Oh man, that’s terrible.
Is death more prevalent in Africa now or were you focused on it because you felt this could be your last journey there?
I’ve had a lot of friends who have been killed or have died in Africa over the years, for various reason, going back to the 60s. So you’re very aware of the fragility of life in Africa and also, of people dying young. Life expectancy in Africa is very low. In some countries it’s in the 30s. In Zimbabwe and Zambia it's 36 or 37.
So there’s that. And then there’s the fact that in many cases the roads are bad, buses are poorly maintained, too crowded. Car crashes in Nairobi are quite frequent. These matatus [privately-owned minibuses], they’ve got too many people in them and they drive too fast. So I think that more than any other place, you’re aware of how fleeting life is and how you’re at risk in a lot of forms of transportation.
But that didn’t stop death being shocking on this trip. I didn’t expect a 40-year-old guy to have a heart attack, or this fellow I met in Angola to be bludgeoned to death in his own home. And then there was Nathan, a guy who knows all about elephants, and he’s crushed to death by one. You don’t really expect that.
And yet, it happened. I hope the book isn’t morbid as a result. But it did make me think, if I push my luck, I may be one of them. When you leave home, and you go on a long trip, you think you might not come back, but this really set me thinking. It made me less confident. And sad, too.
Were you expecting Angola to be as crazy as it was? Your friend, Kalunga, says, ‘This is what the end of the world is going to look like!’
I didn’t know what to expect, but I didn’t think it would be quite as difficult as it was. I thought the cities would be somewhat negotiable. They’re not. They’re big and horrible.
The assumption you might make about a country that pumps two million barrels of oil a day is that some of the money is going to trickle down and the schools won’t be too bad. The schools are terrible. The roads are terrible. The people are demoralised. The government is corrupt. You’ve got to see it to believe it. If you look at Angola on the Internet you might think that it doesn’t look too bad.
Having said that, I’m not dismayed when things are awful. It gives you something to write about. If it’s just great food and hospitality, there’s not much to report except that you had a good time.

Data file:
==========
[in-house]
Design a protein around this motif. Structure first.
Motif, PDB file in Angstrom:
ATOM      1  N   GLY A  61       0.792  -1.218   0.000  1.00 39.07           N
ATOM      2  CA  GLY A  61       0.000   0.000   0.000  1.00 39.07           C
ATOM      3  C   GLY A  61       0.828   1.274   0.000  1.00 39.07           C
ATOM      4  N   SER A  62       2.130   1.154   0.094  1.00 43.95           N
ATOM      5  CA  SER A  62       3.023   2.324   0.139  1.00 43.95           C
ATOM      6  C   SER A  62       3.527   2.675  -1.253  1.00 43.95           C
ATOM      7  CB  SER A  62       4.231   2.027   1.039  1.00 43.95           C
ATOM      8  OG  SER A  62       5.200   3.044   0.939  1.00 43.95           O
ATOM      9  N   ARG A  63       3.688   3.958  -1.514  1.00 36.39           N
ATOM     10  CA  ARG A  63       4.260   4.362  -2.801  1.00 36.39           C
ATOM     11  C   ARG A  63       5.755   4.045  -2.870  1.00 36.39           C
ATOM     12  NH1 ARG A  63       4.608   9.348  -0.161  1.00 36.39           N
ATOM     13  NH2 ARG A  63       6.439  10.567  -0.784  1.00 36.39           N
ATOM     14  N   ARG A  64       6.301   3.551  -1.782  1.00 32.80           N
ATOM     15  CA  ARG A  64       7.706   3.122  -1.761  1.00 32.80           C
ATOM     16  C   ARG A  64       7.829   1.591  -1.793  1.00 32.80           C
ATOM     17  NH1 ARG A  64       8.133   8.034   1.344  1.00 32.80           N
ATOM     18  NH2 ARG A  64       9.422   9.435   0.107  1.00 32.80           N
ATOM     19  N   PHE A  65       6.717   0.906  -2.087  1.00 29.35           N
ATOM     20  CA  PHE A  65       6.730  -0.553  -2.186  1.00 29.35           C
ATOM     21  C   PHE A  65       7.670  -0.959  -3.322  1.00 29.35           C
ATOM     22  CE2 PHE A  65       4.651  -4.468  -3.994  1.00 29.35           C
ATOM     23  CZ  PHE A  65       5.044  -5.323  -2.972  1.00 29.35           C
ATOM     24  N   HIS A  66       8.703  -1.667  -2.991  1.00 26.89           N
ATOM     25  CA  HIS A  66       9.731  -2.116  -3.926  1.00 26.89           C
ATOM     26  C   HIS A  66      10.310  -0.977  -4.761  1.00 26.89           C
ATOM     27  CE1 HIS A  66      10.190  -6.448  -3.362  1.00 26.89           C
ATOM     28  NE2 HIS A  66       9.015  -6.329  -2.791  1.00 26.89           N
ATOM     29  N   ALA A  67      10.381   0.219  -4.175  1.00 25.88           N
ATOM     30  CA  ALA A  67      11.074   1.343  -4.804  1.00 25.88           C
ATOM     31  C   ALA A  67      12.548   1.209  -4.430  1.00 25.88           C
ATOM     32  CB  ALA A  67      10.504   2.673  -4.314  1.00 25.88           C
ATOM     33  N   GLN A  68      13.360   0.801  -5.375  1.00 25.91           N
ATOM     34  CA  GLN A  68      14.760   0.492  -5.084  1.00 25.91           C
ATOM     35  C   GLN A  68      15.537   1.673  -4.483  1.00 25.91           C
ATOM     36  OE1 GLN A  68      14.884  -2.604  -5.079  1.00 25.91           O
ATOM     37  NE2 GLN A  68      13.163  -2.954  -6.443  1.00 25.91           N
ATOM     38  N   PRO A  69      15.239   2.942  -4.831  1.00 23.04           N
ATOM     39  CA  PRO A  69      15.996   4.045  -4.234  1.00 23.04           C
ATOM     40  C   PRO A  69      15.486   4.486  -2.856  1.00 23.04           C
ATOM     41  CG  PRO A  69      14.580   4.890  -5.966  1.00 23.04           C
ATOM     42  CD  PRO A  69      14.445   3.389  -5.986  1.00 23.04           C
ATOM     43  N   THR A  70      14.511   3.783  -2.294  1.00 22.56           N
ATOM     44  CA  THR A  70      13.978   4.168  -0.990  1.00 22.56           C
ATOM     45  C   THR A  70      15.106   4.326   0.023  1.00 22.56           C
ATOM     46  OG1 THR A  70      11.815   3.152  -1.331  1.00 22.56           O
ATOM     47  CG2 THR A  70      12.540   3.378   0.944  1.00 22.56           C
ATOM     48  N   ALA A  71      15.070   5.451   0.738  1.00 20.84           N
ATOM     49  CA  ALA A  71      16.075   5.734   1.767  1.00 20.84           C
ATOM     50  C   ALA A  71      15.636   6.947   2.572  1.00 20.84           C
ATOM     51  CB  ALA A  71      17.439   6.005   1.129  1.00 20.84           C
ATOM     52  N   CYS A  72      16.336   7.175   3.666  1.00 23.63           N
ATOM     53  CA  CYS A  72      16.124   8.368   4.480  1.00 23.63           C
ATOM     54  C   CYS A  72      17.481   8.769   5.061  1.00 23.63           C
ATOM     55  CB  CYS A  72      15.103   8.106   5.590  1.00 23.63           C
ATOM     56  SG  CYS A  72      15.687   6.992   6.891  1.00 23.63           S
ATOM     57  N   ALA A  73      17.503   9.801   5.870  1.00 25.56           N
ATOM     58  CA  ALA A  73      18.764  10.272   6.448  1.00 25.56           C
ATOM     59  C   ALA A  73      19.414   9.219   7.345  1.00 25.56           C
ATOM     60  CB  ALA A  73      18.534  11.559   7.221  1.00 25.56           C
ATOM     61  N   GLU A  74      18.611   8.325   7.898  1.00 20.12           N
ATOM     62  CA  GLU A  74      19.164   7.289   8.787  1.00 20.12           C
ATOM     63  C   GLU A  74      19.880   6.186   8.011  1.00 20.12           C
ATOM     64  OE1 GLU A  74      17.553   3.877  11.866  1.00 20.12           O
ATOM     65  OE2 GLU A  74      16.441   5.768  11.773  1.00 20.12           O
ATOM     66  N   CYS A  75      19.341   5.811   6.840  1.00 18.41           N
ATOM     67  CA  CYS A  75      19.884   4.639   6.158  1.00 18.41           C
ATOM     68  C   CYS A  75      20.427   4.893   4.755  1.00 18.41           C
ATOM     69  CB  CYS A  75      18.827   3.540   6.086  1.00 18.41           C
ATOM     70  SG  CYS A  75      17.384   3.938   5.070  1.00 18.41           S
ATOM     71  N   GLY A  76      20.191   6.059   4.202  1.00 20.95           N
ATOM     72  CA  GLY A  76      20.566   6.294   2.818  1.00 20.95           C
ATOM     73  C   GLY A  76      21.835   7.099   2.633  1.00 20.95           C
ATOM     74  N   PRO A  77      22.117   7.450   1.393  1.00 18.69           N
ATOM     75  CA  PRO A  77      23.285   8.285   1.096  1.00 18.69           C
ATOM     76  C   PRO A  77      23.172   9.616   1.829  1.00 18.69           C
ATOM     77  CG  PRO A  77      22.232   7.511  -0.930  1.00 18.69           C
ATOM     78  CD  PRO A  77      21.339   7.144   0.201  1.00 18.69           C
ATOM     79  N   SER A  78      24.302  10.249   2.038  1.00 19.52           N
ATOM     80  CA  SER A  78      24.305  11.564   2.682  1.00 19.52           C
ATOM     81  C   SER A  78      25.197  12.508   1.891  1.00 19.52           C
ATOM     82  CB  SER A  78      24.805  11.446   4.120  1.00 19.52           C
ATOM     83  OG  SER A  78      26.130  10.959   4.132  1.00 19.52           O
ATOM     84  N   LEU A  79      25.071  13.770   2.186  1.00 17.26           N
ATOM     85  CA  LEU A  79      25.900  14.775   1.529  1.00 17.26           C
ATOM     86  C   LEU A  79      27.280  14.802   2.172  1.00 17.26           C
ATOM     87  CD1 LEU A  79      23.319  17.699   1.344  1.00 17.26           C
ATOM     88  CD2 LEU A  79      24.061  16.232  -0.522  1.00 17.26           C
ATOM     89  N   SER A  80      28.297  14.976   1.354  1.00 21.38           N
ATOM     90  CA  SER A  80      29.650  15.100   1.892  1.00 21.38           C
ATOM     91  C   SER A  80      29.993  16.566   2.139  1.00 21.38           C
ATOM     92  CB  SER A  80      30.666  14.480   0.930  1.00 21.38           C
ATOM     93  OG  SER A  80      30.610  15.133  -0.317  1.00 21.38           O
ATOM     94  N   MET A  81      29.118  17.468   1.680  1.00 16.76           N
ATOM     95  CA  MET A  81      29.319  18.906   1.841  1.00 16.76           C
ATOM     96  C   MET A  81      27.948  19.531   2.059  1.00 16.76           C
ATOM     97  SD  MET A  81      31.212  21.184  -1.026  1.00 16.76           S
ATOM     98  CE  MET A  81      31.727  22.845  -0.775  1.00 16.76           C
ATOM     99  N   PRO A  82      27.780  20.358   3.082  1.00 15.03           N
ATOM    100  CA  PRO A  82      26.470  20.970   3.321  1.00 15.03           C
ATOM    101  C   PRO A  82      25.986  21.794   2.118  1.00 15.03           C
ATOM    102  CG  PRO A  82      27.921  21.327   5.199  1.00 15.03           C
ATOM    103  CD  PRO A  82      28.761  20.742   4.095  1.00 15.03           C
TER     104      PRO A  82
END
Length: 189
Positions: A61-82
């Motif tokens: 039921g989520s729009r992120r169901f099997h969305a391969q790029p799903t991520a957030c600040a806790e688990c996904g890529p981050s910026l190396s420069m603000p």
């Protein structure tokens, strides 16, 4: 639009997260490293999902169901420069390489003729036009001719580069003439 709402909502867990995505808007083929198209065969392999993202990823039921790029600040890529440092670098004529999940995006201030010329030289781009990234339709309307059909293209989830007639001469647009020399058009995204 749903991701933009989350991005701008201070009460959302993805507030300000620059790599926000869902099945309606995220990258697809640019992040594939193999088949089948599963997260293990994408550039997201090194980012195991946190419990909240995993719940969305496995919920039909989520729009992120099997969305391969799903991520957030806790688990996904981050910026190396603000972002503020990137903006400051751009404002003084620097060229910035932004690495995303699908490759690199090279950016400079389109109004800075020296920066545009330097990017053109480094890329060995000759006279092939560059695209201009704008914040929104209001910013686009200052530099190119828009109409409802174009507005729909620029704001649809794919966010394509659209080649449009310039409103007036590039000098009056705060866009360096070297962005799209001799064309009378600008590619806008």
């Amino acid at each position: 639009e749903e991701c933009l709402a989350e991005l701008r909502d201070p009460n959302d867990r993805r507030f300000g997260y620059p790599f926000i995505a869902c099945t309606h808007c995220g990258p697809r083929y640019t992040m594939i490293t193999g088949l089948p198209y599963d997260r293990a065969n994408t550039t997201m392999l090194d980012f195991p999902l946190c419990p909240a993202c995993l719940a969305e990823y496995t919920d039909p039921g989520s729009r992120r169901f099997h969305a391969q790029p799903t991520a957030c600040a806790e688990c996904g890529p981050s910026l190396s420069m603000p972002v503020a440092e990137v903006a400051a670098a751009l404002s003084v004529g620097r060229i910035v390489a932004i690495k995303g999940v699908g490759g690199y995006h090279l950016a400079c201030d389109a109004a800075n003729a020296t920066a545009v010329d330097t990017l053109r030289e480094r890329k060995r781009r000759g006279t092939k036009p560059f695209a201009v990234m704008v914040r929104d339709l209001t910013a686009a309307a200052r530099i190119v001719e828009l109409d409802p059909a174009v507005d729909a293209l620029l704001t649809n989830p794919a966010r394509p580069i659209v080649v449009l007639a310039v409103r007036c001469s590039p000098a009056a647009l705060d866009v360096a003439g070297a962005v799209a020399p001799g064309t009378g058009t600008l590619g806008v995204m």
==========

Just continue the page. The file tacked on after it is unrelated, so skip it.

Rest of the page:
When did you realise you weren’t going to continue on up to Mali, that you’d reached the point that enough was enough?
When it became clear I’d have to fly some of the way. I could have hopped around, taken my chances. But I really wanted to make a continuous trip. You get to a place and you say, ‘How do I get out of here?’ There’s a train, there’s a bus, and you go to the next place and then the next place and the next place. But I couldn’t do that. There were riots in Kinshasa and problems in Nigeria and Mali. So when I realised I wasn’t able to make a continuous journey, that I would be forced to fly, well I thought, this is the end of my trip, I’ve really come to the end of the line. It’s not a difficult decision. It’s just saying I can’t go further. And that’s that. End of the book.
When you first started travelling, you say that what drove you to travel was the notion that the real world was elsewhere. Do you think that today’s young people, who think that the world is at their fingertips, need, more than ever, to get out and see the world?
Yes, I do think so. The idea of depending on the internet for information, to think you can have this experience by Skyping or Google mapping, and you somehow experience a country, is all wrong.
For one thing, the Internet is full of misinformation. It’s full of opinions, not facts. The idea that you’re going to accept these opinions and that you don’t really need to travel and you will know about a place by reading about it rather than going there is ridiculous. You’ve got to leave home, you’ve got to go and see the world for yourself. And the important reason is to find out who you are, what your fate is in the world and what you can do with yourself. You have to get away from your family, you’ve got to get away from your home town, your city and make yourself uncomfortable and lonely and find out what the rest of the world is like. That’s very important.
You’re not necessarily going to add to the happiness of people, even if you do volunteering work. It’s nice to think you might make a difference but you probably won’t make a difference at all, except to yourself. You will discover who you are and what the limits are of your patience and your resourcefulness.
At the beginning of the book, you state that you feel the trip would be in the nature of a farewell. Was it a farewell to Africa? A farewell to travelling?
To Africa. When I started off in Africa 50 years ago, I was a teacher in a school in Malawi. I thought I might make a difference. Then I saw the fluctuations of the fortunes of the country and I realised I couldn’t. I’d seen it up and down and down again. I don’t think there’s anything more I can learn travelling in Africa.
It’s not a farewell to travel at all. As a matter of fact, a week ago I was in Alabama, travelling around the deep south of the USA. It’s a different type of travel. I’m trying to find something out about my own country. I’m not interested in just sitting at home, either writing or watching television or tending my garden. I need to get out and like to get out.